Work In Progress: Alishia Farnan, Social State

Social architecture is the conscious design of an environment that encourages a desired range of social behaviors leading towards some goal or set of goals. Alishia Farnan’s practice involves an accumulation of photographs of the interior spaces of social architecture: doctor’s waiting rooms, hospitals, public bathrooms and social clubs. The photographs are made steadily over time and organised retrospectively into meaningful groupings. The social clubs however have emerged as a special category. Farnan began this series in 2012 and now purposefully pursues it as her only clearly defined project, Social State.


In the context of social architecture, social clubs contrast with corporate and state sponsored structures in part because they are designed and sometimes built by the very people who will use them, the members. Bowling clubs, working mens’ clubs, ex-service mens’ clubs have long acted as hubs for local working class communities. They are gathering places for social functions both regular and special: Friday and Saturday night drinks, Sunday roast lunches, wedding and christening receptions, Gala days and wakes. Many of these places are now in rapid decline. When heavy industries died out in the West of Scotland so too did the material basis of their existence. In the eighties globalisation and robots were replacing our physical labour just as now they are replacing our intellectual labour. Coincidentally the Internet opened up very different means of social interaction and entertainment. One thing that is noticeable in visiting those social clubs that remain, is the absence of youth. Farnan herself is just old enough to remember going with her grandparents to clubs in Motherwell and Burnbank when they were still full of life. Now membership numbers are dwindling and the average age is increasing.


Farnan feels motivated to document what she sees as an important part of Scotland’s social history as it slowly vanishes before her eyes. There are a few city based bowling and tennis clubs that still thrive, but one of the places she recently photographed, Wishaw ex-serviceman’s club, closed in March. Farnan wrestles with how to position the work. Is it purely documentary, does it have any artistic merit? In the end, does it really matter as long as people engage with the work? It is a project that will appeal very differently to those who have experienced these places as functioning venues rather than as spectators. It is a matter of locale and it is a matter of class. The near term aspiration for the project is that Farnan will make a book of the photographs and ensure that each of the clubs she photographs will receive a copy. She ruminates on the fact many archival photographs of these spaces show only their construction and or their sad demise. What Farnan wants to show is their life’s blood. On first thought, it is perhaps surprising then that she chooses to photograph the spaces without any people present.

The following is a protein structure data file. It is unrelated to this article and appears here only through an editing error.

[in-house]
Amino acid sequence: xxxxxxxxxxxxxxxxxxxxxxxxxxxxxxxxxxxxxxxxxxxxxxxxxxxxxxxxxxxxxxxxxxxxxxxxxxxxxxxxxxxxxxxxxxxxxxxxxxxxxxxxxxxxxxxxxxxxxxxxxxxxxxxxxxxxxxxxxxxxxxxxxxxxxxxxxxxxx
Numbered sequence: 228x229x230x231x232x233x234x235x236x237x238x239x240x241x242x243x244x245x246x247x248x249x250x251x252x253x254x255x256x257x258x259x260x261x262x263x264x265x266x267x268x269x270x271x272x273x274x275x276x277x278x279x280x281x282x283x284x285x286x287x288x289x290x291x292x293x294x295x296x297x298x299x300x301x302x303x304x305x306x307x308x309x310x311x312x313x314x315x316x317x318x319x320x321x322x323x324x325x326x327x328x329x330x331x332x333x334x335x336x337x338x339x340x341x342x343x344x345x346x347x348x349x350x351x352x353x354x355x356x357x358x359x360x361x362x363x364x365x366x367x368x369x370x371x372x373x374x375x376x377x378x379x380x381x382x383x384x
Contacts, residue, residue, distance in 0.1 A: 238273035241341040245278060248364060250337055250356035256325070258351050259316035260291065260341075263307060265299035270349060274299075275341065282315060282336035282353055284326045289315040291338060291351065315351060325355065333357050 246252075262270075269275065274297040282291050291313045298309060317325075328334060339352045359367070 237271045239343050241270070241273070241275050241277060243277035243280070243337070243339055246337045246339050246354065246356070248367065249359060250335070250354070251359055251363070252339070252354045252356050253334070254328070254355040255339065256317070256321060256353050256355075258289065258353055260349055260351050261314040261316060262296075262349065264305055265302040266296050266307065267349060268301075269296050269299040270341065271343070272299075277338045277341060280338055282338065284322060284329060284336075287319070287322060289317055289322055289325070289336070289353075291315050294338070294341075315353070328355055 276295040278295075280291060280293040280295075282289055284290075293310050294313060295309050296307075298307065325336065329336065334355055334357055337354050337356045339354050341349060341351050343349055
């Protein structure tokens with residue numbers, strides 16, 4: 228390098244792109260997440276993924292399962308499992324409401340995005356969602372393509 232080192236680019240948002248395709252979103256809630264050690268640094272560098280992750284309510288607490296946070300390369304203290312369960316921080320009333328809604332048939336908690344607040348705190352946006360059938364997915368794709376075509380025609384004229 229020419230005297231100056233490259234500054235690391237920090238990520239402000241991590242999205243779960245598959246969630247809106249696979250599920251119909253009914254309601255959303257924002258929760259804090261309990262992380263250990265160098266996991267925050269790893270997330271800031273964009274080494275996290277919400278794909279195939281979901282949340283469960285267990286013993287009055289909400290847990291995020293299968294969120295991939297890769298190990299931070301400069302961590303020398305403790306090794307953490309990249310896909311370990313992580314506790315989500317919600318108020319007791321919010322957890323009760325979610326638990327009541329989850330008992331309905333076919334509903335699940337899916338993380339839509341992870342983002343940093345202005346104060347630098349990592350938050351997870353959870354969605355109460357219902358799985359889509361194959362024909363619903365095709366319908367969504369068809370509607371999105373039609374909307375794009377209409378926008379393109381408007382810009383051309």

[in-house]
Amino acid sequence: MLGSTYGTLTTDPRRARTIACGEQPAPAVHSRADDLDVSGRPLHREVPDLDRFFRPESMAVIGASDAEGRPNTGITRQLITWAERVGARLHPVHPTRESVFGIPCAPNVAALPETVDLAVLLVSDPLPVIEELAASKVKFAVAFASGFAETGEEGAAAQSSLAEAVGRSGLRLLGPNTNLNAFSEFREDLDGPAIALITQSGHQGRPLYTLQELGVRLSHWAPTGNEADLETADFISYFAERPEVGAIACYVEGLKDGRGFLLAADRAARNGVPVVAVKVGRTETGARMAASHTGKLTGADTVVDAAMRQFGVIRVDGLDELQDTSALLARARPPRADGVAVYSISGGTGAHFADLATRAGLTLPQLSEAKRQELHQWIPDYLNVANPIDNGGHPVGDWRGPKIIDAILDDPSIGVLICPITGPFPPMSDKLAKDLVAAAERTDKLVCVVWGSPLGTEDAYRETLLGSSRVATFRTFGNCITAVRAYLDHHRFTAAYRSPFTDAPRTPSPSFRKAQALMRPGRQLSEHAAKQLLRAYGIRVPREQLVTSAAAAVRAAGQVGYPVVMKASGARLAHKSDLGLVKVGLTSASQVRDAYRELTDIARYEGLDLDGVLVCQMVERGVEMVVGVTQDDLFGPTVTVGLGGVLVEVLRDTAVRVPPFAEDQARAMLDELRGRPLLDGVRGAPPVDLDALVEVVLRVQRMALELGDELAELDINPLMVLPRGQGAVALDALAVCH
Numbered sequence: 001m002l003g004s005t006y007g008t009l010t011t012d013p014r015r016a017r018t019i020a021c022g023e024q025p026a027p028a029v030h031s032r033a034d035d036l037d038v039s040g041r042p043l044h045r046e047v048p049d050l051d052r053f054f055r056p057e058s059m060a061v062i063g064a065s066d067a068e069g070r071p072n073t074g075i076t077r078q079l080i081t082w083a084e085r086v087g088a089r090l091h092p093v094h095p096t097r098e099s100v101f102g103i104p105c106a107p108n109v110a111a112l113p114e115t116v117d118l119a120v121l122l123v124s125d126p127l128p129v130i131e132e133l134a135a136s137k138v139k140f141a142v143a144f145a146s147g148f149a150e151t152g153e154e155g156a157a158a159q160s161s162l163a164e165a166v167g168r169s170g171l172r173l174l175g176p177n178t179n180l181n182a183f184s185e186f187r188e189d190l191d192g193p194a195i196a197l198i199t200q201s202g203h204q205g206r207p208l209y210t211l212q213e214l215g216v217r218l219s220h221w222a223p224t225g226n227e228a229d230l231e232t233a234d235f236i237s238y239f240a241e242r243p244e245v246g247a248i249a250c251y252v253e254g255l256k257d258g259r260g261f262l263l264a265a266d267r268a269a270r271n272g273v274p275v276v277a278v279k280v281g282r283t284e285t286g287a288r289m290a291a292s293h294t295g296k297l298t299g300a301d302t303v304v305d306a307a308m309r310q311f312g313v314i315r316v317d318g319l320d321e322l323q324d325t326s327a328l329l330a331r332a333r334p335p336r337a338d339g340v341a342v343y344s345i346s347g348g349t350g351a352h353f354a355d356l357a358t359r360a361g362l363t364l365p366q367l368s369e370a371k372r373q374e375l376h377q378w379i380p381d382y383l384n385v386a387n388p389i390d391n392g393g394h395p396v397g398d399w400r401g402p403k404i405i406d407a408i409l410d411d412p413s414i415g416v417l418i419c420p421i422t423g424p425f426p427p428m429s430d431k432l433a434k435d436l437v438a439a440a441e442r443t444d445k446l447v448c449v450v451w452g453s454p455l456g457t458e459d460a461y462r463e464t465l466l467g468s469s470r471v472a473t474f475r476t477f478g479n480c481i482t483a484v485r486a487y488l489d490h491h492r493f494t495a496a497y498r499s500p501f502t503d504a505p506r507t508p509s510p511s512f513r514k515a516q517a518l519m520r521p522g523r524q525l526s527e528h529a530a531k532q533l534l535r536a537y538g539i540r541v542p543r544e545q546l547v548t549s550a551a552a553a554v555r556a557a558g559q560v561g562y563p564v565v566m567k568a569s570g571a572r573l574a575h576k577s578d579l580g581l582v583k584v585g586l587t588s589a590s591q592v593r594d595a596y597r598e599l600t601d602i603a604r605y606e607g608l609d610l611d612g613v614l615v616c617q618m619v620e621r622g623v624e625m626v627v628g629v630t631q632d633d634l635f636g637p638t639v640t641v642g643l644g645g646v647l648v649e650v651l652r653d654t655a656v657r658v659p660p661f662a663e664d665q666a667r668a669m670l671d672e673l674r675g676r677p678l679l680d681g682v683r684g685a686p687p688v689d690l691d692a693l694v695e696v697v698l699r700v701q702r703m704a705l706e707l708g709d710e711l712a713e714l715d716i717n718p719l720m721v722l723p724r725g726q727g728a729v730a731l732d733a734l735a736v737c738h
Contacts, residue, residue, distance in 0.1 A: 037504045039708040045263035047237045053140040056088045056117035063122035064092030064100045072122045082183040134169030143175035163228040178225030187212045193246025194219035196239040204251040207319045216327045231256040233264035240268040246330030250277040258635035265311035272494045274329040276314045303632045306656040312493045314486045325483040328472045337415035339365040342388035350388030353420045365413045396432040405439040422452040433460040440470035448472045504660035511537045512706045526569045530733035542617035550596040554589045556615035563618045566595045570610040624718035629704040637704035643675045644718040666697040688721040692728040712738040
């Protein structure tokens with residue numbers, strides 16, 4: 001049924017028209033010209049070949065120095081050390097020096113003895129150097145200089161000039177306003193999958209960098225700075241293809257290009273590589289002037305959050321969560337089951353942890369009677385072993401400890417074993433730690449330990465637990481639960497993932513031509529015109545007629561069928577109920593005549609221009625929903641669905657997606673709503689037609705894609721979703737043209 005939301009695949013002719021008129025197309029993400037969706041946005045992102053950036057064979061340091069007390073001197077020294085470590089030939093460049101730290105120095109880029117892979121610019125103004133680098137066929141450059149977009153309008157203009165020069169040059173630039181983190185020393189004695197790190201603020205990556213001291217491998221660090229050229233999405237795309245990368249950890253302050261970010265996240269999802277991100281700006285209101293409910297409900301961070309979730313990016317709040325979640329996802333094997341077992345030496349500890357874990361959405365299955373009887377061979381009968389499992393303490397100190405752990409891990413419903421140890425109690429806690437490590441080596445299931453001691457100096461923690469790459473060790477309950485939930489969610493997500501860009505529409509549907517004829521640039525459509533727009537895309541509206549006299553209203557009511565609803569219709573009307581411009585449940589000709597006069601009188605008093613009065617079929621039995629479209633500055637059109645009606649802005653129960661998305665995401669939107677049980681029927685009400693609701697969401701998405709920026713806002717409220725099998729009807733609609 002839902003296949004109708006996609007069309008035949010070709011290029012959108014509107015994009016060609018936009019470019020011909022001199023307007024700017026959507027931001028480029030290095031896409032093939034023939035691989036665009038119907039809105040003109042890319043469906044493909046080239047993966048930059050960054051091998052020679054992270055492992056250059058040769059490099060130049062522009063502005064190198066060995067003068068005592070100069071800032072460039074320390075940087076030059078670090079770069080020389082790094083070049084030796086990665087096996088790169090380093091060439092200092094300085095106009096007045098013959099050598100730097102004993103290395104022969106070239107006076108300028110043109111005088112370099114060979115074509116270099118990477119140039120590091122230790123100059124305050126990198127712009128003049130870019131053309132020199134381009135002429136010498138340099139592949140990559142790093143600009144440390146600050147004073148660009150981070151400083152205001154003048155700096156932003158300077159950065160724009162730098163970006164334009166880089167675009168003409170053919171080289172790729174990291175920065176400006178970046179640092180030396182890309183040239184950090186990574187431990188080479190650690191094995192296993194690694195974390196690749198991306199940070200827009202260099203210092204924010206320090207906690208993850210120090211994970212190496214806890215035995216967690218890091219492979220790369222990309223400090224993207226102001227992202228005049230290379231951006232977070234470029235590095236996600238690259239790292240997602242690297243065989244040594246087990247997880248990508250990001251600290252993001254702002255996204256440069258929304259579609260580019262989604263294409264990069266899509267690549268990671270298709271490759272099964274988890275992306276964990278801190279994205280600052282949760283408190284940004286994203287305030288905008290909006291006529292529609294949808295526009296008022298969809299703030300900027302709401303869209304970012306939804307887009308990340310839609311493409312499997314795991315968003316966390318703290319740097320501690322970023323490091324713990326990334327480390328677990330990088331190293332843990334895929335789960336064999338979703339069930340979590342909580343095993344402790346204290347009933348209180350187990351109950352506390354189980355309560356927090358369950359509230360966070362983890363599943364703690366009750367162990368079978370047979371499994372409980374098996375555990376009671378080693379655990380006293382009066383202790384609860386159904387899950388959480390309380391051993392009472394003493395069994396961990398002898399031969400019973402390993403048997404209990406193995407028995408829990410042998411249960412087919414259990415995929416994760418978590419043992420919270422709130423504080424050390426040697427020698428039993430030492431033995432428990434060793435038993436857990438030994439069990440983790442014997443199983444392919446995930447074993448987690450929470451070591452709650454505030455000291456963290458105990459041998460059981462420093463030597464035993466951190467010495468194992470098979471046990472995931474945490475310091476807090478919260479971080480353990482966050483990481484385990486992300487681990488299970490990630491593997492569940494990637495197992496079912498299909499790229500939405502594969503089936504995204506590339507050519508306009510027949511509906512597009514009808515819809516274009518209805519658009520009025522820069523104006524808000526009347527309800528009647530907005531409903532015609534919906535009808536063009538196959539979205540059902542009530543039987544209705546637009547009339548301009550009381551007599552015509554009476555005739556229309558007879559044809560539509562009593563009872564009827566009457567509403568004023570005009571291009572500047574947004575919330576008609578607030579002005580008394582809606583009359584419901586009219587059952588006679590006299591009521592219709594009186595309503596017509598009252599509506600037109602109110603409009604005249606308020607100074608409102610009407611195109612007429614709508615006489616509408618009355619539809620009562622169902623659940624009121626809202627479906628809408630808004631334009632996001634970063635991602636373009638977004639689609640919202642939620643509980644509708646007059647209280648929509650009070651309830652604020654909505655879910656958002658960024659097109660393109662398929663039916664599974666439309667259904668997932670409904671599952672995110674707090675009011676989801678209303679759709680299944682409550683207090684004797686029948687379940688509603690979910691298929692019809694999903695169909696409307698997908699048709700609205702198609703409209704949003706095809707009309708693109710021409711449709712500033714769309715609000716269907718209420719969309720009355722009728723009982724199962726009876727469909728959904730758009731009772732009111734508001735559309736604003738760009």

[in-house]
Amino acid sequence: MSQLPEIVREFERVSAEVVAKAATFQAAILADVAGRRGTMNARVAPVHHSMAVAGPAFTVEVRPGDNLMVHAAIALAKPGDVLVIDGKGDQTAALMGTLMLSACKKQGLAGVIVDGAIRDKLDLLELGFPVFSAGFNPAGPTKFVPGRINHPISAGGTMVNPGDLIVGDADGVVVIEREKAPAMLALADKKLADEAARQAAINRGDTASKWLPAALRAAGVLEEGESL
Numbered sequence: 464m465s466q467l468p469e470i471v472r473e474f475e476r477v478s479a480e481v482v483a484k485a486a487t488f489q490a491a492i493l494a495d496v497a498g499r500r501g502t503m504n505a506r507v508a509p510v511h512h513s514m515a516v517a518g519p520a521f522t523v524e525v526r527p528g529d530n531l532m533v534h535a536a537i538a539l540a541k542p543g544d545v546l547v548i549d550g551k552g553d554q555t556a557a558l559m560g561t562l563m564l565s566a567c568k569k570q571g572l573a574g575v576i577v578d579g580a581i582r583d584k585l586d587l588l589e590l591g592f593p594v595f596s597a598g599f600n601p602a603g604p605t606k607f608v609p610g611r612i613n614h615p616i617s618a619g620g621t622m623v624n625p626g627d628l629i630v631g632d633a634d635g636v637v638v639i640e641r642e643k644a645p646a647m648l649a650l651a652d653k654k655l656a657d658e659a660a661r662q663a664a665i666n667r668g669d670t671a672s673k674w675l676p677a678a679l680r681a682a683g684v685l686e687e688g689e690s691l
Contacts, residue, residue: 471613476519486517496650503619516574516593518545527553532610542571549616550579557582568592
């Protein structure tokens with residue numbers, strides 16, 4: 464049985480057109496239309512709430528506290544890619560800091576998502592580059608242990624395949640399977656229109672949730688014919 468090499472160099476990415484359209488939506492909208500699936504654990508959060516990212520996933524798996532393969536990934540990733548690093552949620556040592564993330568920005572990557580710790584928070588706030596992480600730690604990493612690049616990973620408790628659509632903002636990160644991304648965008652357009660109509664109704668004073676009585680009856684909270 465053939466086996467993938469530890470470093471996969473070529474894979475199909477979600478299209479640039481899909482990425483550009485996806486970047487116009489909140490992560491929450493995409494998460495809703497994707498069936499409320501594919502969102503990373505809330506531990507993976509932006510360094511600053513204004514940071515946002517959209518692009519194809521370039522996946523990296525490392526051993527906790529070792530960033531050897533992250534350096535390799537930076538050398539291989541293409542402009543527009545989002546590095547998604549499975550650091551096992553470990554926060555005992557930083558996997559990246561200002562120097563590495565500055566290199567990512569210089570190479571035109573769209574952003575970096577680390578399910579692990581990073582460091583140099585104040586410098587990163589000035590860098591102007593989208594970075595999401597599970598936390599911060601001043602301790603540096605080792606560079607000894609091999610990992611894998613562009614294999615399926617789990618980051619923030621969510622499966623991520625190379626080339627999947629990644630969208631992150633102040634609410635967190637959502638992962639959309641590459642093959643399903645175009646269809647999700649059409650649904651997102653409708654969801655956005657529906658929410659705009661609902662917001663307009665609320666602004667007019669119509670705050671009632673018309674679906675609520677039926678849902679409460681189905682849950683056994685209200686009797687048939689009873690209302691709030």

Farnan feels these places are beautiful and that they reveal themselves and the lives lived there through their very fabric. Function wins out over form every time. The tables and floors of the clubs are hard-wearing and easily cleaned. There is an odd poetry in the visible impression of bum cheeks on a seat made over years by a body in the habit of occupying the same favourite spot over and over again. Natural light is in short supply within the halls. These places were always intended as an escape from the outside world. By photographing bars, games rooms, board rooms, and toilets in a personal typology Farnan draws attention to this uncelebrated everyman’s social architecture. The same building and furnishing materials are used repeatedly, with colours clashing almost as much as the pictures on the walls, where the queen might rub shoulders with trades unionists and heroes of both sporting and historic Scottish variety. 


Farnan photographs Social State as a labour of love. She travels by public transport and patiently returns to the same venues until she has made the photographs the way she wants to see them. She waits for the right light or for permission to photograph in specific areas. Some venues are free and easy, others quite restricted by the rule of committees. Farnan bides her time and builds her archive. She does not believe that Social State will end for as long as some of the clubs are still around and she herself is still able to catch a bus.


All Images © Alishia Farnan

Note: Photographs from Social State will form part of a group exhibition (with IIise Stacks and Declan Finn Malone)  Fotografische Parallelen at aff Galerie, Berlin, October 14th– November 4th 2018. Part of a cultural exchange programme jointly organised by Street Level Photoworks 

Comments

  1. Great to read this insightful essay on Alishia's series, it's an important body of work as well as a cultural topographical record of the West of Scotland.

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